At Annapolis in 27 November, President Bush declared the start of peace negotiations designed to deliver a comprehensive settlement of the Arab-Israel conflict by the end of next year.

He posed for the cameras with Israeli Prime Minister Ehud Olmert and Palestinian President Mahmoud Abbas. But some of the people who matter most were not on camera.

The representatives of Qatar, Saudi Arabia and the UAE remained in the background, but their role at Annapolis had been pivotal. If they had not come, the chances of compromise would have been hopelessly compromised and the hopes of Palestinian and regional reconstruction dashed.

The previous night, Citibank announced that the Abu Dhabi Investment Authority (ADIA) planned to take a 4.9 per cent stake in America’s largest bank. It may have been coincidence, but it’s unlikely.

Abu Dhabi and the UAE were expressing in a tangible form their support for the US dollar, the troubled American banking system and the US as a whole. It was a sign of solidarity, a reward to President Bush for reviving peace talks and an incentive to Washington to do more.

The members of the GCC, 26 years after it was formed, are flexing their muscles in world affairs. Accounting for 40 per cent of world oil reserves and the majority of internationally-traded oil, they can make or break the oil market.

A campaign to drive the oil price down to $70 a barrel or lower is now in prospect. It will help the US economy and provide fresh GCC encouragement for President Bush to fulfill his promises and help create an independent Palestinian state.

In world finance, the GCC punches well above its economic weight. The combined GDP of the six states represents less than 2 per cent of world GDP and was probably worth less Mexico’s in 2007.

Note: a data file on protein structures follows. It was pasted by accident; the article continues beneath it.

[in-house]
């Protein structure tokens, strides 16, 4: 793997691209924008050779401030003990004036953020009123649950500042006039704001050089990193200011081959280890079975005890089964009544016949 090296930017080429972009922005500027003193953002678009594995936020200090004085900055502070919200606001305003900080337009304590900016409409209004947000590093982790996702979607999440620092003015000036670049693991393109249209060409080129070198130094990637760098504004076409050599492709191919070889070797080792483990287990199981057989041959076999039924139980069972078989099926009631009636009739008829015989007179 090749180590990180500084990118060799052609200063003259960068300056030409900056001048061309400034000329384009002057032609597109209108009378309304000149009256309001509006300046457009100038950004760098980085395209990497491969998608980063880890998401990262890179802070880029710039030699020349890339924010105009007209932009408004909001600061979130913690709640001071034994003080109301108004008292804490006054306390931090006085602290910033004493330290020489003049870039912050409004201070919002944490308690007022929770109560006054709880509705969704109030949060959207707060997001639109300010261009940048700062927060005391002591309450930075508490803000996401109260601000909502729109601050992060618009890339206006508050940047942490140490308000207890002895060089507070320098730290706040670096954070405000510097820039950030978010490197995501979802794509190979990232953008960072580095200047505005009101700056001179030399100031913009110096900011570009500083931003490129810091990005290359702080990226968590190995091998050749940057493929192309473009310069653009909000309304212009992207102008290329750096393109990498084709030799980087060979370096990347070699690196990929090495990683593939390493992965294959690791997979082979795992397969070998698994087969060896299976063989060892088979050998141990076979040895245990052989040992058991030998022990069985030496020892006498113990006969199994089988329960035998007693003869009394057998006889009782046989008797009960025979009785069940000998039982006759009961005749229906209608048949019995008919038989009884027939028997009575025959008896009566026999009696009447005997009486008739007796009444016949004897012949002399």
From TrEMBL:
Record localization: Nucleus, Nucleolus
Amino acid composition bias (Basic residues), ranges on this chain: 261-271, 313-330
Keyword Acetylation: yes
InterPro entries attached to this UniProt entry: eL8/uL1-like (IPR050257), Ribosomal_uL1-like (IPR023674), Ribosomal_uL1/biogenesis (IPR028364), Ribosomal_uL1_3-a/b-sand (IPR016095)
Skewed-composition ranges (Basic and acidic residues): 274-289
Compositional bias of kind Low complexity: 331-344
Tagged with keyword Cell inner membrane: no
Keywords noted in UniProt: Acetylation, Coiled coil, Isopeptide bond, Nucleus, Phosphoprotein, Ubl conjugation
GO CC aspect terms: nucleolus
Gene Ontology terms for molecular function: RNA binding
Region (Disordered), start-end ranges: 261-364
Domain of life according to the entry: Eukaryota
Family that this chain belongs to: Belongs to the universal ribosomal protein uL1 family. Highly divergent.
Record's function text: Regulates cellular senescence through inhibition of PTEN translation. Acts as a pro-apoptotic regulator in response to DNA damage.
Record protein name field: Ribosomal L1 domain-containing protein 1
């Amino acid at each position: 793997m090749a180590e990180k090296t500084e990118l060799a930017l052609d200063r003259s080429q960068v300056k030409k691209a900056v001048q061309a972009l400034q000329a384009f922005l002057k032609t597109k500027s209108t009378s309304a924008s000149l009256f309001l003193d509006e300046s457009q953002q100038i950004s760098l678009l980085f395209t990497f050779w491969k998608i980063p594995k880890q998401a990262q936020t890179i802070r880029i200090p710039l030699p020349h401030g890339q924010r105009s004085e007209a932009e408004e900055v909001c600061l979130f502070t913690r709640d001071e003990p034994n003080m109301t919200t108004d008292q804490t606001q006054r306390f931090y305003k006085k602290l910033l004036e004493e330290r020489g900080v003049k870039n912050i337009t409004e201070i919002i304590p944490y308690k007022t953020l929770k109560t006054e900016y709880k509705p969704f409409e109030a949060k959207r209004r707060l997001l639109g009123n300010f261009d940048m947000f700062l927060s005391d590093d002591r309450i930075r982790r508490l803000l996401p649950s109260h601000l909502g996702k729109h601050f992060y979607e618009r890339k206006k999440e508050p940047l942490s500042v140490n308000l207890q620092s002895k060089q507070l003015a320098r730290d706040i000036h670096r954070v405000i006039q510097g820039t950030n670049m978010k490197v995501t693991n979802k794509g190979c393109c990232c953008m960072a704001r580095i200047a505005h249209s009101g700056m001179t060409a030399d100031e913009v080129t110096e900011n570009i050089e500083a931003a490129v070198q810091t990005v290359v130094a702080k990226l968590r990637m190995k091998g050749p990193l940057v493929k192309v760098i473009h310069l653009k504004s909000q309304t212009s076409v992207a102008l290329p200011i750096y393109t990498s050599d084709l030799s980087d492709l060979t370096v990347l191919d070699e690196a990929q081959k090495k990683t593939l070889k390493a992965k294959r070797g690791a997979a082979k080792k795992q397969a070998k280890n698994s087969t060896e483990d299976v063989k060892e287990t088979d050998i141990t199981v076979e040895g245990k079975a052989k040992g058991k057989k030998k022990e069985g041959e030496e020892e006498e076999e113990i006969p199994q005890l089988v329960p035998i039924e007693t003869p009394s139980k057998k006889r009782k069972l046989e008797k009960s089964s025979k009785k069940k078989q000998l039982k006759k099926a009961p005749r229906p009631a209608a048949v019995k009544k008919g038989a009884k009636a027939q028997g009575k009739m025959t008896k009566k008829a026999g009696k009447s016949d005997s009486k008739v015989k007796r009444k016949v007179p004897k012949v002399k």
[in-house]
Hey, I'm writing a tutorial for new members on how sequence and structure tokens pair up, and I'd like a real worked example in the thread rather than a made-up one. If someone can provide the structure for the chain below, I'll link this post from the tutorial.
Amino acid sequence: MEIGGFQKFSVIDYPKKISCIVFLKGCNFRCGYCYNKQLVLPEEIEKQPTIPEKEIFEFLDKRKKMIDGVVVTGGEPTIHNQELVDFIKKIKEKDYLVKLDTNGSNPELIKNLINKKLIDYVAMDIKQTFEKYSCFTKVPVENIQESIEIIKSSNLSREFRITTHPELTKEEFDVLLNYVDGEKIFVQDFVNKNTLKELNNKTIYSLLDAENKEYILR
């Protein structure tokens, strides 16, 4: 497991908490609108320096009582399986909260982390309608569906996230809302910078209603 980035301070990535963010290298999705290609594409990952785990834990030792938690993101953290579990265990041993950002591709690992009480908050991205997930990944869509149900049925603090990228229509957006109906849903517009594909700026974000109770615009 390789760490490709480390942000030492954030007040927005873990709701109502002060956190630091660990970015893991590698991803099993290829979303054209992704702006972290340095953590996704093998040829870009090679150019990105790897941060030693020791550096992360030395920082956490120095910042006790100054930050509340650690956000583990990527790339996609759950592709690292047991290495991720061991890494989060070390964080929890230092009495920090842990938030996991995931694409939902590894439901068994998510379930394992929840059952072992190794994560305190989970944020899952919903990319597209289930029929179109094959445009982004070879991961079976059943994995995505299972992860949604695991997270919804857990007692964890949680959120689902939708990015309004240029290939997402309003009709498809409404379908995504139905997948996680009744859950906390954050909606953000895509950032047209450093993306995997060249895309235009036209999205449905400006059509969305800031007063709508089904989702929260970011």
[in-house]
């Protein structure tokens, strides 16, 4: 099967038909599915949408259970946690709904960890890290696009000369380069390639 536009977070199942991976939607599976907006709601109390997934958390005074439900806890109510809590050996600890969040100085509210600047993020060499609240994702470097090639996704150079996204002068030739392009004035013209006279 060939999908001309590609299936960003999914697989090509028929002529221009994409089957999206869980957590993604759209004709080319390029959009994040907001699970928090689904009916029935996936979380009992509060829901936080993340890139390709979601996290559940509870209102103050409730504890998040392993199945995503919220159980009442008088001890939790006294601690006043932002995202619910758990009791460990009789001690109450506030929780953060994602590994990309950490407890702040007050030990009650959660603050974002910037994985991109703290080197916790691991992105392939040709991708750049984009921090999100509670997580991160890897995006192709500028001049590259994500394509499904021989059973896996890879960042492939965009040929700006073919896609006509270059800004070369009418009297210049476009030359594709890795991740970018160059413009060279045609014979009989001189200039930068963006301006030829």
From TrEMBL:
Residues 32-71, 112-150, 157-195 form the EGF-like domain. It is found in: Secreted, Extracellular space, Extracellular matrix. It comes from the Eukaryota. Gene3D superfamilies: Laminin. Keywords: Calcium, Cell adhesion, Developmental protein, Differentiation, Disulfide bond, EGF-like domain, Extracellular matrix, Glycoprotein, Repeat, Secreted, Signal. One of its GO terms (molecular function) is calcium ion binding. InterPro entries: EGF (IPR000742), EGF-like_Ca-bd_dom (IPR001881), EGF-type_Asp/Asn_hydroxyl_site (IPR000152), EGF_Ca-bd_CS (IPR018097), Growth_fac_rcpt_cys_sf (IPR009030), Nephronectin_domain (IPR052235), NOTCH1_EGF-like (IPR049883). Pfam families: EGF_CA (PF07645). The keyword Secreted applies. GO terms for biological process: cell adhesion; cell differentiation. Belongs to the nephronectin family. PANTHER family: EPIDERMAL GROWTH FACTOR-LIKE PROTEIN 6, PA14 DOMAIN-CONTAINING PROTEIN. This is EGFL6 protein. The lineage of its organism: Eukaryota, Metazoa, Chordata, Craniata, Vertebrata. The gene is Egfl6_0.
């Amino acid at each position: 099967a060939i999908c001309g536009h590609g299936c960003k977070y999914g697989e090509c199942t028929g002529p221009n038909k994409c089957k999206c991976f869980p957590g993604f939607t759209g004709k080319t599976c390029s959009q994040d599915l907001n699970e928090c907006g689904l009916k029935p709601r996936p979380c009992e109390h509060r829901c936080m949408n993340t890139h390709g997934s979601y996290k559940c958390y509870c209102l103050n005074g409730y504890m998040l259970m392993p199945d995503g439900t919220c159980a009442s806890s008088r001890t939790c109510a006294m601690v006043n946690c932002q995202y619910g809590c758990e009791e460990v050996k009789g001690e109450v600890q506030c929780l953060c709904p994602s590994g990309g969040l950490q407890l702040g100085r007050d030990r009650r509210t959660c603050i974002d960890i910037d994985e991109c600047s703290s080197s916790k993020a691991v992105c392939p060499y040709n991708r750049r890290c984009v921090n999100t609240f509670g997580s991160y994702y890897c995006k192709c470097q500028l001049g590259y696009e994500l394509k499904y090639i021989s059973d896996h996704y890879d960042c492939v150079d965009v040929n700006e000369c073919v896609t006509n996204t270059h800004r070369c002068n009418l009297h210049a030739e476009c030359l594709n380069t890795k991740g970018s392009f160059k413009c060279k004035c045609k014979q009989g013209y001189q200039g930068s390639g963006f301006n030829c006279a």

But no one has more savings. ADIA could control foreign assets worth up to $1,000,000 million. GCC governments together may now own twice that figure.

At a time when the US banking crisis is beginning to contaminate the rest of the world’s economy, GCC finance has never been so vital or had so many opportunities. It appears Citibank approached ADIA for help. This is not the first time the GCC has backed the West’s banking system. And it will not be the last.

In the Islamic world, Saudi Arabia is first among equals. Sharply reduced violence in Iraq is partly due to Riyadh which has influence among Sunni tribes.

After brokering in February the creation of a Palestinian unity government which was deposed by Hamas in Gaza fourth months later, Saudi Arabia has shifted its strategy to back Abbas and his allies. Saudi Arabia is at work promoting moderation in Egypt, Lebanon, Syria and the rest of the Arab world.

But it is the US that matters most. GCC leaders know American politicians are constrained by massive popular support for Israel. A Republican president with nothing to lose, Bush has room for manoeuvre in the Annapolis process, but not much.

Gulf states will have to help him out when the critical decisions about Palestine are reached by reaffirming their support for the US economy and America’s Middle East goals.

This has been made easier by Iran’s intransigence about its nuclear programme and interference in Iraq, Lebanon and Palestine. There are signs patience with Tehran is exhausted. Here too, the US and the GCC are in tune.

The GCC has never sought the global influence it now wields. But its oil reserves and financial clout entail a new burden of responsibility. It might be happening sooner than they wanted.

But the GCC is throwing itself behind an ambitious effort designed to bring peace to the Middle East, order to world finance and sense to energy markets.

The prizes are big and so are the risks. But everyone loses if it all goes wrong, again.